Growing up just outside the Meskwaki Settlement in Tama, Iowa as the oldest of four siblings, Alma Pesina knew she wanted to go to college. But as the first member of her family to take that step, Pesina sometimes felt like she was on her own.
Born to a Meskwaki mother and a Mexican father, Pesina struggled to reconcile her two identities when she enrolled at the University of Northern Iowa in 2017. Without a role model to guide her, Pesina initially turned away from her Indigenous roots.
“I felt I had to hide my Native identity, because there was no one around me I could relate to,” Pesina said. “I thought it would be easier to pick one side over the other. But when it really came down to it, I just felt really lost.”
Now a senior TESOL major set to graduate this December, Pesina wants to help the next generation of Indigenous students by forming a group that supports and embraces Native students.
“I know that as a Native student, it can be really hard to survive out there,” Pesina said. “We just really want to create a space and a community for Indigenous students, especially being on a campus as predominantly white as UNI is. We’ll be able to support each other and help each other navigate the college experience.”
With campus once again open and new incoming first-year and transfer students swelling the Indigenous student ranks, a group of seven Indigenous students is working with UNI art instructor Angela Waseskuk and Jamie Chidozie, Director of Diversity, Inclusion, and Social Justice, to complete the paperwork to form the group.
“Indigenous students may make up a small percentage of UNI's total population, but they are integral to the community here,” Waseskuk said. “To have people around you that understand you, your culture, and look like you can sometimes be taken for granted by the dominant population. It can feel isolating and exhausting to not have that anywhere on campus. An Indigenous and Native student group is crucial to building community and a sense of belonging among BIPOC students and other minoritized groups on our predominantly white campus.”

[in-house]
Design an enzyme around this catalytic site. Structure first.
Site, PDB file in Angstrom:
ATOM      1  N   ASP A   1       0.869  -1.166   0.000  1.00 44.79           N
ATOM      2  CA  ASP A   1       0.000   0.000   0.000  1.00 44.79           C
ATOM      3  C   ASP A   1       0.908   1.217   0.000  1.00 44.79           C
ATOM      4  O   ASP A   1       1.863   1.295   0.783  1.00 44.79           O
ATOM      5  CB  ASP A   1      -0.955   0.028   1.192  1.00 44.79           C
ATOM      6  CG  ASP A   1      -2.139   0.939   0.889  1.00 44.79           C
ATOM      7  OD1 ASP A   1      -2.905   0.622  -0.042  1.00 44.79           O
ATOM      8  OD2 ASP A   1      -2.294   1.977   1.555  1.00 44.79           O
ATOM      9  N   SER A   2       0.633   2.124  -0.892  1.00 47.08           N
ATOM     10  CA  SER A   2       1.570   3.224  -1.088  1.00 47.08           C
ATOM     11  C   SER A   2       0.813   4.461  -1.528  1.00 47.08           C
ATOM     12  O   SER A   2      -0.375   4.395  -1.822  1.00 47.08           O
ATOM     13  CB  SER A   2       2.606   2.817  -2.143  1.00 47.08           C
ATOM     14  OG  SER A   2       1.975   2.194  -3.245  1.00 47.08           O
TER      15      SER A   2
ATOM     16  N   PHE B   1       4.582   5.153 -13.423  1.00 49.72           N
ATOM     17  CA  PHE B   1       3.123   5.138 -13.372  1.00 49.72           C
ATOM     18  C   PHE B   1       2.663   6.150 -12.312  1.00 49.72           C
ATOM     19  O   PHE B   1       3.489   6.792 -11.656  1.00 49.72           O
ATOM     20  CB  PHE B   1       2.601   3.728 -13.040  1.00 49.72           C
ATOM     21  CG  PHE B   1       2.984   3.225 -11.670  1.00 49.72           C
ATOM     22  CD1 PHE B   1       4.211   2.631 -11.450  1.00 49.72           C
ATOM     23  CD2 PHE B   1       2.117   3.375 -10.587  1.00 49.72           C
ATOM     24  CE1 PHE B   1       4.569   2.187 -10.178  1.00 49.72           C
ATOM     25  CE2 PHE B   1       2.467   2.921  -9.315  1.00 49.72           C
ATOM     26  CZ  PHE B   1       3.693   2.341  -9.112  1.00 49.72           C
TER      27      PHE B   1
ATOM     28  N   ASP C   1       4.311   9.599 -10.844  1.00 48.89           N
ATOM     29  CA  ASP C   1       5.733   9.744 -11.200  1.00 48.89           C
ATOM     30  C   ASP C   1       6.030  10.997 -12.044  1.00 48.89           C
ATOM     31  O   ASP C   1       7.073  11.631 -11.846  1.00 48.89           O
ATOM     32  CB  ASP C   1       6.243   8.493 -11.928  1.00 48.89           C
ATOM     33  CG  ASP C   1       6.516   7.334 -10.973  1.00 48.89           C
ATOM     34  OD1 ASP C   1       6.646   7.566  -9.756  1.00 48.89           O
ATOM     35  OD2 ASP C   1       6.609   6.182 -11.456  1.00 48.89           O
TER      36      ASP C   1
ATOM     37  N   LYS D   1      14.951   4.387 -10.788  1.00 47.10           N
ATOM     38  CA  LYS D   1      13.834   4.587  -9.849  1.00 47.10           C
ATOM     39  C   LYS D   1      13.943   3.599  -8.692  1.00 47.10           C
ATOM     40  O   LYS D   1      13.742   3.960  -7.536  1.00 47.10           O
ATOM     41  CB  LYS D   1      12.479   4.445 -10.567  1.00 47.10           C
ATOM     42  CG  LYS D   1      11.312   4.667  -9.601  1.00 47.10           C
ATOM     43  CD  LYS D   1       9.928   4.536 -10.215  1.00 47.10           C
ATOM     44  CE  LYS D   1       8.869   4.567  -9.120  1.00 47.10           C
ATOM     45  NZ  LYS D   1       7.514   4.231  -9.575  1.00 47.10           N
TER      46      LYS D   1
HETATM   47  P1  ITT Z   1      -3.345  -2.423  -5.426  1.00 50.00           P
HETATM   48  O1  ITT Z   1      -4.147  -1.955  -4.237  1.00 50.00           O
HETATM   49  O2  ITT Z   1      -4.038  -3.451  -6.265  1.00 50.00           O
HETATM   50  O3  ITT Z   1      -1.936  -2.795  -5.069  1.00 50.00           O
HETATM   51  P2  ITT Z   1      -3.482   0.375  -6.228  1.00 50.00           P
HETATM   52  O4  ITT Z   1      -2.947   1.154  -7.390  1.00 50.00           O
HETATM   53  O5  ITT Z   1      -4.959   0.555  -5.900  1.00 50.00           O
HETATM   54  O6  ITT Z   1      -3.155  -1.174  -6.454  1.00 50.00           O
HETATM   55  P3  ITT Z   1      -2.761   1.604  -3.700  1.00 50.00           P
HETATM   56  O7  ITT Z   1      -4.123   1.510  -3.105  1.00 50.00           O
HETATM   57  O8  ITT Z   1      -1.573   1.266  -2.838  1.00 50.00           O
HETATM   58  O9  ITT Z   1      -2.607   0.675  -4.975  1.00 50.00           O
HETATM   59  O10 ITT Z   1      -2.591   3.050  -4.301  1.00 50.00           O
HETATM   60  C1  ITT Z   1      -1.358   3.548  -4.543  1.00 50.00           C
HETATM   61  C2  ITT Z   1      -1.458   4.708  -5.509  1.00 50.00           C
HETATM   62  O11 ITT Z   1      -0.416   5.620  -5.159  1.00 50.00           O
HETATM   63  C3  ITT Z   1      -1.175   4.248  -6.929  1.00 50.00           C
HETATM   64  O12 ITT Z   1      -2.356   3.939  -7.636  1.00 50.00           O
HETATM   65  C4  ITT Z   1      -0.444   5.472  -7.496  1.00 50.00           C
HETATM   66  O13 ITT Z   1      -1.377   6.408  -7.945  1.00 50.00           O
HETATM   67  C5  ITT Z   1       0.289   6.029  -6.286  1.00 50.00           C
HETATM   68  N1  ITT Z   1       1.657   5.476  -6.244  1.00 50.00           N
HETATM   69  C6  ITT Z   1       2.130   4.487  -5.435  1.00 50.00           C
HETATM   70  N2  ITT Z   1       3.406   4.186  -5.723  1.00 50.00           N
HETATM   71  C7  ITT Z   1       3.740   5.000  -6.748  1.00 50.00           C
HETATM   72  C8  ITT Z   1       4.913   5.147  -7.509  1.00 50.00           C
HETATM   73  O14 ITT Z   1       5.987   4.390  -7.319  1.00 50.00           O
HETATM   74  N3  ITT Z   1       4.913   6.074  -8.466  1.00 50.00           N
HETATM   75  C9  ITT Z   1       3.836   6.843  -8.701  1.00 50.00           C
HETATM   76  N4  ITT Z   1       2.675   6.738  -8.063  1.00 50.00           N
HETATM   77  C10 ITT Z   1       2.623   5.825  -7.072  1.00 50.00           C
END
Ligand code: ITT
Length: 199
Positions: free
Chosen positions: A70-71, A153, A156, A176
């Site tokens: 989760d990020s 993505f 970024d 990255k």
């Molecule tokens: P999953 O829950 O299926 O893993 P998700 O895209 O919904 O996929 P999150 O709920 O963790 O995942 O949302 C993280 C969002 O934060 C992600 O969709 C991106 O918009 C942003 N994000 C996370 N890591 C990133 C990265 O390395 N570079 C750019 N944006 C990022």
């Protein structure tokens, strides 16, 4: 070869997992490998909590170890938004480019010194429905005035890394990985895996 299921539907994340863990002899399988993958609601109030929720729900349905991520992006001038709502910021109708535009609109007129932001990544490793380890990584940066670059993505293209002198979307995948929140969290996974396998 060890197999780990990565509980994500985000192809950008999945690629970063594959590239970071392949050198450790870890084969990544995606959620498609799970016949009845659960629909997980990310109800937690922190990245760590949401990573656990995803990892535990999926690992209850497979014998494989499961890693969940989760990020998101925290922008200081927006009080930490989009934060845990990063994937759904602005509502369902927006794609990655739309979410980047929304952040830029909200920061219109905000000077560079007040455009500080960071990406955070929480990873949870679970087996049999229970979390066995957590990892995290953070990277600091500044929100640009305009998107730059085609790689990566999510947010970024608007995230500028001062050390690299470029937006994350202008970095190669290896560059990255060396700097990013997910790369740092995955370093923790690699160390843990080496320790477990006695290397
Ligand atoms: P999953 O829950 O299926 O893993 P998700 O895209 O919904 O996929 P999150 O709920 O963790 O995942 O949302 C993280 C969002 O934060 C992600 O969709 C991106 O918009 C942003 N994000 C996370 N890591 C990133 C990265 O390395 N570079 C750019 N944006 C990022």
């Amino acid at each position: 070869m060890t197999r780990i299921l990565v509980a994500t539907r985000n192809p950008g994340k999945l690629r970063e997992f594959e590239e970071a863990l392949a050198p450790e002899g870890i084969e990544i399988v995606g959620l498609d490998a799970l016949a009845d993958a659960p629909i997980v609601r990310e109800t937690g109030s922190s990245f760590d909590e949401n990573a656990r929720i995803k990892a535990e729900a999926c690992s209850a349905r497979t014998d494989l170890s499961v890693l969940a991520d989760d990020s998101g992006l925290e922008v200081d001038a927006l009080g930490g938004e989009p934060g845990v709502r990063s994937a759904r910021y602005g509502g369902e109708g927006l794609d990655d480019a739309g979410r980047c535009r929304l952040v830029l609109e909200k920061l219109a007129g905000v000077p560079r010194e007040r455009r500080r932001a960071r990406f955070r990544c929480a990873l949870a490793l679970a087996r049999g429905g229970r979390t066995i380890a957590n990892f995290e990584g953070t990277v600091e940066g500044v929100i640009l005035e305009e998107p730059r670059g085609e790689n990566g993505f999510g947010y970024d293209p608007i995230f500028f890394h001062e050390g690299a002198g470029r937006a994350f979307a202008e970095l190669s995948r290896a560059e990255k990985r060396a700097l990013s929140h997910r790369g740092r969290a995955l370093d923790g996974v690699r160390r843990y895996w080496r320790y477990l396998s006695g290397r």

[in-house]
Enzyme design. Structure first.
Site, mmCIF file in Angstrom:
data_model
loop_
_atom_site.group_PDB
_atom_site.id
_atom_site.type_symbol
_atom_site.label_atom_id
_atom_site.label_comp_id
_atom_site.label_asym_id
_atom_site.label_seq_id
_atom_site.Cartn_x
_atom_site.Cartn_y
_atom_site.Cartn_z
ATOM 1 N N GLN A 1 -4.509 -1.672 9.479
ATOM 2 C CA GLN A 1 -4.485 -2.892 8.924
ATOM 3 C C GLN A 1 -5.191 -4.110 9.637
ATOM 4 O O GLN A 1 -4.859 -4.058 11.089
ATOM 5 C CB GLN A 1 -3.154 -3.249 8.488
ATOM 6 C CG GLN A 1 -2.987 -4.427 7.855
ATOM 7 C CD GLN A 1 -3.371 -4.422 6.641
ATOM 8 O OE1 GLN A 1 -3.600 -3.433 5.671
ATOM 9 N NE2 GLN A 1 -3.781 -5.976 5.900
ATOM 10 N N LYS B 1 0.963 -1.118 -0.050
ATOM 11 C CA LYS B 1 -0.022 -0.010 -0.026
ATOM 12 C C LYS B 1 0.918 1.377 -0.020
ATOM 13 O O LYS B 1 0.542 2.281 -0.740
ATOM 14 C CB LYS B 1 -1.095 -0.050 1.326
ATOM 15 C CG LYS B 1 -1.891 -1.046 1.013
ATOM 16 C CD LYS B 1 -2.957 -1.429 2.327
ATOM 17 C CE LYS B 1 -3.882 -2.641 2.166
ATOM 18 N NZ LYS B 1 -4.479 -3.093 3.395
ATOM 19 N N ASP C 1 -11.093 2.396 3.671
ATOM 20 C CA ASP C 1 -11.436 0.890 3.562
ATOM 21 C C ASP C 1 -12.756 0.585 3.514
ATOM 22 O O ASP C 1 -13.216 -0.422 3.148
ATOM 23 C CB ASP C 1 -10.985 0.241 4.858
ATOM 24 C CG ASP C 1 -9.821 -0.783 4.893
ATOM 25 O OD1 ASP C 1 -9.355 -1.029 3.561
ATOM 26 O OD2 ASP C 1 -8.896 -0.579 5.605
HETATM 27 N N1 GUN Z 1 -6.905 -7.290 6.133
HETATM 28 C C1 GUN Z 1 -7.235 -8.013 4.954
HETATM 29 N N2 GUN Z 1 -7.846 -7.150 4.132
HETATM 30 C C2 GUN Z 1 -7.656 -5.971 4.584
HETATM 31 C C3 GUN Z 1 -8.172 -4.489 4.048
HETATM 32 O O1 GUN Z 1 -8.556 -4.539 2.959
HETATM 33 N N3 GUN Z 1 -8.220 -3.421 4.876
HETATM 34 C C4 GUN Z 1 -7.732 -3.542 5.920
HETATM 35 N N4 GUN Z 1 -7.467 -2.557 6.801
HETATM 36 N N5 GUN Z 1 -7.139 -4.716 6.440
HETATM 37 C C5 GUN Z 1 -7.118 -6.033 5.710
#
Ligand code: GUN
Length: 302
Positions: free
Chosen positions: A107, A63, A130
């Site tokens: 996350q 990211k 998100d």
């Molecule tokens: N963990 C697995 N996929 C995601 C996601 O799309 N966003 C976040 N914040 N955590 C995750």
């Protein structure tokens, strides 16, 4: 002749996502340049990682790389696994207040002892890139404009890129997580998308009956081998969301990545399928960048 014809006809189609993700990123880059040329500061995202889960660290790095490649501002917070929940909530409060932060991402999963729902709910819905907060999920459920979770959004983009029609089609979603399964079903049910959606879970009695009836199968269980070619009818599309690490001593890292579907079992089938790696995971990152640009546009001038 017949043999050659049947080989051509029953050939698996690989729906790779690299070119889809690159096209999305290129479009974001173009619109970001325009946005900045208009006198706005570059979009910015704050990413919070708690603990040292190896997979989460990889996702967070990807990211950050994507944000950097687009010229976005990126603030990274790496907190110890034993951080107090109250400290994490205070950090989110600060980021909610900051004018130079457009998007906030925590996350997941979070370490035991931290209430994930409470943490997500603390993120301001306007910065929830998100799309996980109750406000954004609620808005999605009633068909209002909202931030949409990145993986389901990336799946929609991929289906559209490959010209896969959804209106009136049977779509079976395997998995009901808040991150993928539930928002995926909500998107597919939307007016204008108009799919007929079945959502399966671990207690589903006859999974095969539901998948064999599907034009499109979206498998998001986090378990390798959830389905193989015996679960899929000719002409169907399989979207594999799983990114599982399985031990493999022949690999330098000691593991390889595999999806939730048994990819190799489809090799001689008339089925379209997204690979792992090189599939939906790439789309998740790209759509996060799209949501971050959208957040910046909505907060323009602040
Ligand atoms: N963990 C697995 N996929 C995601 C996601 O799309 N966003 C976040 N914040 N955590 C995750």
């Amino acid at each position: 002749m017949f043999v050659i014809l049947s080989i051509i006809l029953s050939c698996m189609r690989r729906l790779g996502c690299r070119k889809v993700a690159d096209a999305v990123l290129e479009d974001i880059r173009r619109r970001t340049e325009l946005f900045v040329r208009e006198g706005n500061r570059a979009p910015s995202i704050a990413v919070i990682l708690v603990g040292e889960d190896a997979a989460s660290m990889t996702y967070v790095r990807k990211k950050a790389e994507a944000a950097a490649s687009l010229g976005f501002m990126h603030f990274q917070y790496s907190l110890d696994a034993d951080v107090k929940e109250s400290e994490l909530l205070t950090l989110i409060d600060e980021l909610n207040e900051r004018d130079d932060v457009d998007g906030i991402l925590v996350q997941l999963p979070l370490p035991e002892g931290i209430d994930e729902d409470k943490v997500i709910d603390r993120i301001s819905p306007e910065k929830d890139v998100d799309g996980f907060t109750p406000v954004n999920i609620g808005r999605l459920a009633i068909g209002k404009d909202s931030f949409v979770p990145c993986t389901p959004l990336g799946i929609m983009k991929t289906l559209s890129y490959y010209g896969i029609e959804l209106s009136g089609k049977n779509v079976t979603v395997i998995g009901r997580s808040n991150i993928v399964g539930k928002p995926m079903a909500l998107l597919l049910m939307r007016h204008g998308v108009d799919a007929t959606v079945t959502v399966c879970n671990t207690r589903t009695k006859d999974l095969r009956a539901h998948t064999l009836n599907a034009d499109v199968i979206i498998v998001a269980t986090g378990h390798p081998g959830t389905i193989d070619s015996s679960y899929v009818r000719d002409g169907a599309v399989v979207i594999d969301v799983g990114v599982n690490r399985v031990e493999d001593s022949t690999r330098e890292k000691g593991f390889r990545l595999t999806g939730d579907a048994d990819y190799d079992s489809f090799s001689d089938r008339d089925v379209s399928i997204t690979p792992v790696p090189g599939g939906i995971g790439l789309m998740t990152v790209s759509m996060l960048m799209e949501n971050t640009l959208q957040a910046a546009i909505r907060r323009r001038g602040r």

Chidozie said an Indigenous student group would be a welcome addition to campus.
“Every student at UNI should feel like they are accepted and have a community to turn to when times are tough,” Chidozie said. “We are proud of the resiliency of our Indigenous students, and we want to afford them every opportunity to flourish.”
The other students involved in the group are Arianna Sprague, Azra Papakee, Iverson Aragon, Rylee Campbell, Kaisha Wanatee, Abbie Morgan and Rammy McKee.
Pesina said many Indigenous Panthers are also first-generation students trying to navigate an unfamiliar experience
“We are in a space that, initially, was not intended for us. I don't think it was really envisioned that Natives would attend college or pursue higher education,” Pesina said. “It’s imperative for us to have that representation and to educate the campus and the student population that we’re still here and trying to get an education.”
As an officially registered student group, Indigenous students will be able to take advantage of the resources and funding UNI affords other student groups on campus to host culturally relevant events and speakers.
The new group will also help educate other students and faculty to understand that Indigenous students are not part of one homogenous culture - that they are unique individuals pursuing the same goals as other students.
With her time at UNI at an end, Pesina is looking to the future. She hopes to use her TESOL skills at the Meskwaki Settlement School to both teach and preserve the Meskwaki language. With her Native identity now fully embraced, Pesina wants to pay it forward to the next generation.
“Being an Indigenous person in today’s society is really powerful, because it shows the amount of resilience our ancestors had to get us to where we are now, where we can pursue a higher education,” Pesina said. “It allows you to be a person who really inspires the next generation to continue the empowerment of Indigenous identity.”